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  • The last is remarkable for an extraordinary endoand exo-skeletal carapace, Dissorhophus being described by Cope (13) as a "batrachian armadillo."
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  • Sometimes these scales assumed the importance of scutes and formed a carapace, as in the "batrachian armadillo" discovered by E.
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  • The carapace is usually beige with a distinctive black triangle with the apex pointing toward the abdomen and the base toward the pedipalps.
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  • The animal has a very long carapace; length up to 25-30 cm.
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  • I personally prefer the gleaming white carapace of the stormtrooper or snow trooper, very well animated as they run to their doom.
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  • This shell-like part of a crab's armor is called the carapace.
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  • There are crabs that do not rely on a hard carapace to protect them.
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  • Neither of these men gets past our heroine's frosty carapace.
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  • The imagines (adults) have flattened bodies with their top side forming a protective carapace over the animal.
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  • This is a small, black turtle that has a pattern on its smooth carapace with small yellow spots.
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  • carapace width.
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  • carapace length of your tortoise in a straight line, not including the hump.
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  • carapace size.
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  • One project, that has excited wide media interest, is on crustacyanin from lobster carapace.
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  • carapace of a fossil giant tortoise.
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  • jointed limbs tucked away under my transparent carapace.
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  • There they investigated reports of a very large dinosaur egg, which proved to be the carapace of a fossil giant tortoise.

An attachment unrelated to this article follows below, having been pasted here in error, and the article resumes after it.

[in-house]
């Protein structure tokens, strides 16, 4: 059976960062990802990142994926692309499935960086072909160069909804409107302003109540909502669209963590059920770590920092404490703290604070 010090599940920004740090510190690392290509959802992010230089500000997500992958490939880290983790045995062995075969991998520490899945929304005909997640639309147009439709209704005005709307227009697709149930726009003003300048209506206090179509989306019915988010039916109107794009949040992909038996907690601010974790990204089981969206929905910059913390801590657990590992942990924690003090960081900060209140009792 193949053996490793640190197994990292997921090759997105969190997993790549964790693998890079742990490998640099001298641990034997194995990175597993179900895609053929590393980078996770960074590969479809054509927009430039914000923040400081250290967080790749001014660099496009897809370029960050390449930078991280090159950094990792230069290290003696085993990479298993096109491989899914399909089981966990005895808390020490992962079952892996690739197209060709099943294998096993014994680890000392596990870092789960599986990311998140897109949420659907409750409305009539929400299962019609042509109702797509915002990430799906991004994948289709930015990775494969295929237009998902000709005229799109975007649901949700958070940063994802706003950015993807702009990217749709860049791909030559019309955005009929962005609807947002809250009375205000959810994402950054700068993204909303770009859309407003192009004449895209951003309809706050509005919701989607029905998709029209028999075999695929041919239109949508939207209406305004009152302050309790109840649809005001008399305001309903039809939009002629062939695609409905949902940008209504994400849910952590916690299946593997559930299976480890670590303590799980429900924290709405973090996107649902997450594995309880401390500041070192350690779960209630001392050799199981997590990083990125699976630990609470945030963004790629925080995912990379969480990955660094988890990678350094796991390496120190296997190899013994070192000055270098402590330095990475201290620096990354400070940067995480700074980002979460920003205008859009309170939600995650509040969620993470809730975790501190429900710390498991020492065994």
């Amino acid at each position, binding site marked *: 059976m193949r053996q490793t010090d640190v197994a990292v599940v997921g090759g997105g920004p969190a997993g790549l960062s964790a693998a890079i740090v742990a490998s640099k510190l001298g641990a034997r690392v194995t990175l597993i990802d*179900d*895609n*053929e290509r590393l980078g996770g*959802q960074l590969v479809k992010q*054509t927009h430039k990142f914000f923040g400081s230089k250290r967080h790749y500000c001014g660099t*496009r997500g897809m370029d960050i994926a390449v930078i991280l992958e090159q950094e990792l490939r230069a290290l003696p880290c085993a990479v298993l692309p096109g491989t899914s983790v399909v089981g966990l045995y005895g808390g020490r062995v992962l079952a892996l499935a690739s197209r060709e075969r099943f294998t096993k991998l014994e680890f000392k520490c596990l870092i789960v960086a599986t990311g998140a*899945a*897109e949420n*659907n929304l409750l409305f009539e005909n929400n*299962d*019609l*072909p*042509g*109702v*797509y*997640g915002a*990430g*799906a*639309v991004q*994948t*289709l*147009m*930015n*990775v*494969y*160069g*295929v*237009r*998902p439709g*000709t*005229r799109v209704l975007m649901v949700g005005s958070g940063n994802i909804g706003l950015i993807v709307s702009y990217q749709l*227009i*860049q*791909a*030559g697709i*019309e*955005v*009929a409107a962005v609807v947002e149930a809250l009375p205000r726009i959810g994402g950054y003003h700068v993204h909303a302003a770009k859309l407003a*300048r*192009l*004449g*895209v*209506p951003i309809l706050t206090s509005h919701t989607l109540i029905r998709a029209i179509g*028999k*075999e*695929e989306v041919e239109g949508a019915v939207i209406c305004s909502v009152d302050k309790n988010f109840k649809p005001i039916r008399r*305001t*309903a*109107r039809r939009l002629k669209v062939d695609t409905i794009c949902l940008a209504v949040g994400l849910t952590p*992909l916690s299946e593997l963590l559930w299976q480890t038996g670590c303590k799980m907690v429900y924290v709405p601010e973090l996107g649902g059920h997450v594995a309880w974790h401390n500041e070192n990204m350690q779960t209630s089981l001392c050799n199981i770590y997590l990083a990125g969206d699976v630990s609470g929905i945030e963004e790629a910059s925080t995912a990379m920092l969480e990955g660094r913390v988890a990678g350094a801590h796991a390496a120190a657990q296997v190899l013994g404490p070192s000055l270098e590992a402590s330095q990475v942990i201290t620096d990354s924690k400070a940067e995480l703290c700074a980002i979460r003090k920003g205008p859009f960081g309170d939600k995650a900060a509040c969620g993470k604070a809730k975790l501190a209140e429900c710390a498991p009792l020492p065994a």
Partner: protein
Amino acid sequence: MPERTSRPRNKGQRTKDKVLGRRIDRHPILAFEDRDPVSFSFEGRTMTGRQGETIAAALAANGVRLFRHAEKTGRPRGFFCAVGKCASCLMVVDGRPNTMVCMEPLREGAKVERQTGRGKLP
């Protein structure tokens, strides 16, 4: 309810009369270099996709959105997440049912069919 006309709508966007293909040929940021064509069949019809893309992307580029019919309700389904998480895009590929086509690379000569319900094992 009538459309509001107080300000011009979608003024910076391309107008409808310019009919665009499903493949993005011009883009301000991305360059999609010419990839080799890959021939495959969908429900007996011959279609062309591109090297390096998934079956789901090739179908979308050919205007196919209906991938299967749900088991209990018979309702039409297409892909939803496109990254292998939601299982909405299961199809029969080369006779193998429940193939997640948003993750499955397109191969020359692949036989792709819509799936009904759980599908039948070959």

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  • The tergites, or chitinized dorsal halves of the body rings, are fused to form a " prosomatic carapace," or carapace of the prosoma, in both Limulus and Scorpio (see figs, 7 and 8).
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  • Genera with small metasomatic carapace, consisting of three to six fused segments distinctly marked though not separated by soft membrane, are Harpes, Paradoxides and Triarthrus (fig.
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  • Though the exterior is more uniform than in most groups of Crustacea, the bivalved shell or carapace may be strongly calcified and diversely sculptured (fig.
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  • Modern research has discovered no crab to surpass Macrocheira hampferi, De Haan, that can span between three and four yards with the tips of its toes, but at the other end of the scale it has yielded Collodes malabaricus, Alcock, "of which the carapace, in an adult and egg-laden female, is less than one-sixth of an inch in its greatest diameter."
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  • Thomson on Mount Wellington, in Tasmania, the gills are not arborescent, and there are seven segments of the trunk free of the carapace (fig.
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  • In the same beds the remains of two, if not three, species of hippopotamus have been found, about two-thirds the size of the living South African species; also the bones and carapace, &c., of gigantic tortoises, and the bones of a crocodile, now extinct on the coast and rivers, but still living in the two chief lakes; also the remains of a river-hog, of a species of swine, and of a slender-legged form of zebu-ox.